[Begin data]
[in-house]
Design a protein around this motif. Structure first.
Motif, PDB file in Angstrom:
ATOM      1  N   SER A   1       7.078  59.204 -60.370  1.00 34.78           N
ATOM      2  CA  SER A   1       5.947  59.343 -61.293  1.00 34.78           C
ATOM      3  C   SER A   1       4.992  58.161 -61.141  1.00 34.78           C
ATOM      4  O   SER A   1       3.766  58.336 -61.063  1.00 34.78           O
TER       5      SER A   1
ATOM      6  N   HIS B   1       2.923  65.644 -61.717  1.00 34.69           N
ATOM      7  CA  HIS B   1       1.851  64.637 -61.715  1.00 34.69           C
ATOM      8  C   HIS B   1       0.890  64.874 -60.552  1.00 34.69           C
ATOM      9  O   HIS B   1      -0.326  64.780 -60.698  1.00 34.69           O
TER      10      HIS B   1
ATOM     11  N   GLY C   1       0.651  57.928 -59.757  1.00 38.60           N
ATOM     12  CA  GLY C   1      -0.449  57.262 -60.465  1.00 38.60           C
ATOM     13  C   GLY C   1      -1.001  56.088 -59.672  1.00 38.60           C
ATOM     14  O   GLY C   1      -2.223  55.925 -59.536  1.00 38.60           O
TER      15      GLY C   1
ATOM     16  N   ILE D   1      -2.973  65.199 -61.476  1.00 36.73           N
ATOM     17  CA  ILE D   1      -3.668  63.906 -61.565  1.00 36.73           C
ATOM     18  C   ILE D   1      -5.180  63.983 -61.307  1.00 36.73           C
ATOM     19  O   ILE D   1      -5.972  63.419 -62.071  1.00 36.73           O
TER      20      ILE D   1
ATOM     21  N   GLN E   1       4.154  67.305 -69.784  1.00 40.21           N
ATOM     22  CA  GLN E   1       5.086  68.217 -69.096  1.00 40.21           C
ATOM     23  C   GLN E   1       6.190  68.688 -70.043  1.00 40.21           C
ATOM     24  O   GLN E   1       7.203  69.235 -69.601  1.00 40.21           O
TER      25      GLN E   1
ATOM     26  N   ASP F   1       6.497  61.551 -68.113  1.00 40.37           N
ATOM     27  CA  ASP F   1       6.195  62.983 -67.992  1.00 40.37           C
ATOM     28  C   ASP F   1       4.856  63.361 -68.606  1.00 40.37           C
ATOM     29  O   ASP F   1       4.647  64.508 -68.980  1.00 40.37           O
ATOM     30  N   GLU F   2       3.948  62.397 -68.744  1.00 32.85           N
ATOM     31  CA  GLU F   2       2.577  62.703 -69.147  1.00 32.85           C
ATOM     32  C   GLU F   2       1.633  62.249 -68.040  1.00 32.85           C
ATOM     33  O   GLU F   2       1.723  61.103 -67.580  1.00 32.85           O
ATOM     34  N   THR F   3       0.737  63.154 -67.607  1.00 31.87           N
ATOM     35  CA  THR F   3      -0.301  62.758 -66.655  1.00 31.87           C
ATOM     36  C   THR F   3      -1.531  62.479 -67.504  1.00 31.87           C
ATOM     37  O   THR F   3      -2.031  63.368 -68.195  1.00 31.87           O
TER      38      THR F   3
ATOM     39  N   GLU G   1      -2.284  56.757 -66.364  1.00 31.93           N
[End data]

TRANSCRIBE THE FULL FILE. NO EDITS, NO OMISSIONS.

[in-house]
Design a protein around this motif. Structure first.
Motif, PDB file in Angstrom:
ATOM      1  N   SER A   1       7.078  59.204 -60.370  1.00 34.78           N
ATOM      2  CA  SER A   1       5.947  59.343 -61.293  1.00 34.78           C
ATOM      3  C   SER A   1       4.992  58.161 -61.141  1.00 34.78           C
ATOM      4  O   SER A   1       3.766  58.336 -61.063  1.00 34.78           O
TER       5      SER A   1
ATOM      6  N   HIS B   1       2.923  65.644 -61.717  1.00 34.69           N
ATOM      7  CA  HIS B   1       1.851  64.637 -61.715  1.00 34.69           C
ATOM      8  C   HIS B   1       0.890  64.874 -60.552  1.00 34.69           C
ATOM      9  O   HIS B   1      -0.326  64.780 -60.698  1.00 34.69           O
TER      10      HIS B   1
ATOM     11  N   GLY C   1       0.651  57.928 -59.757  1.00 38.60           N
ATOM     12  CA  GLY C   1      -0.449  57.262 -60.465  1.00 38.60           C
ATOM     13  C   GLY C   1      -1.001  56.088 -59.672  1.00 38.60           C
ATOM     14  O   GLY C   1      -2.223  55.925 -59.536  1.00 38.60           O
TER      15      GLY C   1
ATOM     16  N   ILE D   1      -2.973  65.199 -61.476  1.00 36.73           N
ATOM     17  CA  ILE D   1      -3.668  63.906 -61.565  1.00 36.73           C
ATOM     18  C   ILE D   1      -5.180  63.983 -61.307  1.00 36.73           C
ATOM     19  O   ILE D   1      -5.972  63.419 -62.071  1.00 36.73           O
TER      20      ILE D   1
ATOM     21  N   GLN E   1       4.154  67.305 -69.784  1.00 40.21           N
ATOM     22  CA  GLN E   1       5.086  68.217 -69.096  1.00 40.21           C
ATOM     23  C   GLN E   1       6.190  68.688 -70.043  1.00 40.21           C
ATOM     24  O   GLN E   1       7.203  69.235 -69.601  1.00 40.21           O
TER      25      GLN E   1
ATOM     26  N   ASP F   1       6.497  61.551 -68.113  1.00 40.37           N
ATOM     27  CA  ASP F   1       6.195  62.983 -67.992  1.00 40.37           C
ATOM     28  C   ASP F   1       4.856  63.361 -68.606  1.00 40.37           C
ATOM     29  O   ASP F   1       4.647  64.508 -68.980  1.00 40.37           O
ATOM     30  N   GLU F   2       3.948  62.397 -68.744  1.00 32.85           N
ATOM     31  CA  GLU F   2       2.577  62.703 -69.147  1.00 32.85           C
ATOM     32  C   GLU F   2       1.633  62.249 -68.040  1.00 32.85           C
ATOM     33  O   GLU F   2       1.723  61.103 -67.580  1.00 32.85           O
ATOM     34  N   THR F   3       0.737  63.154 -67.607  1.00 31.87           N
ATOM     35  CA  THR F   3      -0.301  62.758 -66.655  1.00 31.87           C
ATOM     36  C   THR F   3      -1.531  62.479 -67.504  1.00 31.87           C
ATOM     37  O   THR F   3      -2.031  63.368 -68.195  1.00 31.87           O
TER      38      THR F   3
ATOM     39  N   GLU G   1      -2.284  56.757 -66.364  1.00 31.93           N